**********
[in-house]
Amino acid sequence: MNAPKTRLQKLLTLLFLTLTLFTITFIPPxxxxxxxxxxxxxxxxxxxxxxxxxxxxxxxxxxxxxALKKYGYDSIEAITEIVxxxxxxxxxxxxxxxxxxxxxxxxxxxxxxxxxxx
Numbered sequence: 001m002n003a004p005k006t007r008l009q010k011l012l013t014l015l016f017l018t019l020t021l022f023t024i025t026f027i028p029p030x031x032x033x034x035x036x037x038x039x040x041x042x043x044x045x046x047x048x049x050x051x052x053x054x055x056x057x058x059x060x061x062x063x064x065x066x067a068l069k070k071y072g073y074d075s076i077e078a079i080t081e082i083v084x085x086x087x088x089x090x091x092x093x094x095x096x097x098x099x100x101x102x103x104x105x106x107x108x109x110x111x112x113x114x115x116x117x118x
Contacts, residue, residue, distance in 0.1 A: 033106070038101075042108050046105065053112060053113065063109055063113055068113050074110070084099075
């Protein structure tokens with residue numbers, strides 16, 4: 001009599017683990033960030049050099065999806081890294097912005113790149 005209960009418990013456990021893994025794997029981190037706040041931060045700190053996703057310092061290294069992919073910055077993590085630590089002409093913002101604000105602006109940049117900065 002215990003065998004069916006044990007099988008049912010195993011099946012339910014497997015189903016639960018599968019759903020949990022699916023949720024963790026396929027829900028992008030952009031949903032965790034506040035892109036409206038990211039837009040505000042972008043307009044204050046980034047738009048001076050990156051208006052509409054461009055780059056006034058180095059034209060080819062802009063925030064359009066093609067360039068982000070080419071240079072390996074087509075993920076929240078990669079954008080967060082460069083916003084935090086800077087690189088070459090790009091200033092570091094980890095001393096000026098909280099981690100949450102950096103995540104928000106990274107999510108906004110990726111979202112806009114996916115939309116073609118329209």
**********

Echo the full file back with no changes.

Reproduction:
[in-house]
Amino acid sequence: MNAPKTRLQKLLTLLFLTLTLFTITFIPPxxxxxxxxxxxxxxxxxxxxxxxxxxxxxxxxxxxxxALKKYGYDSIEAITEIVxxxxxxxxxxxxxxxxxxxxxxxxxxxxxxxxxxx
Numbered sequence: 001m002n003a004p005k006t007r008l009q010k011l012l013t014l015l016f017l018t019l020t021l022f023t024i025t026f027i028p029p030x031x032x033x034x035x036x037x038x039x040x041x042x043x044x045x046x047x048x049x050x051x052x053x054x055x056x057x058x059x060x061x062x063x064x065x066x067a068l069k070k071y072g073y074d075s076i077e078a079i080t081e082i083v084x085x086x087x088x089x090x091x092x093x094x095x096x097x098x099x100x101x102x103x104x105x106x107x108x109x110x111x112x113x114x115x116x117x118x
Contacts, residue, residue, distance in 0.1 A: 033106070038101075042108050046105065053112060053113065063109055063113055068113050074110070084099075
């Protein structure tokens with residue numbers, strides 16, 4: 001009599017683990033960030049050099065999806081890294097912005113790149 005209960009418990013456990021893994025794997029981190037706040041931060045700190053996703057310092061290294069992919073910055077993590085630590089002409093913002101604000105602006109940049117900065 002215990003065998004069916006044990007099988008049912010195993011099946012339910014497997015189903016639960018599968019759903020949990022699916023949720024963790026396929027829900028992008030952009031949903032965790034506040035892109036409206038990211039837009040505000042972008043307009044204050046980034047738009048001076050990156051208006052509409054461009055780059056006034058180095059034209060080819062802009063925030064359009066093609067360039068982000070080419071240079072390996074087509075993920076929240078990669079954008080967060082460069083916003084935090086800077087690189088070459090790009091200033092570091094980890095001393096000026098909280099981690100949450102950096103995540104928000106990274107999510108906004110990726111979202112806009114996916115939309116073609118329209």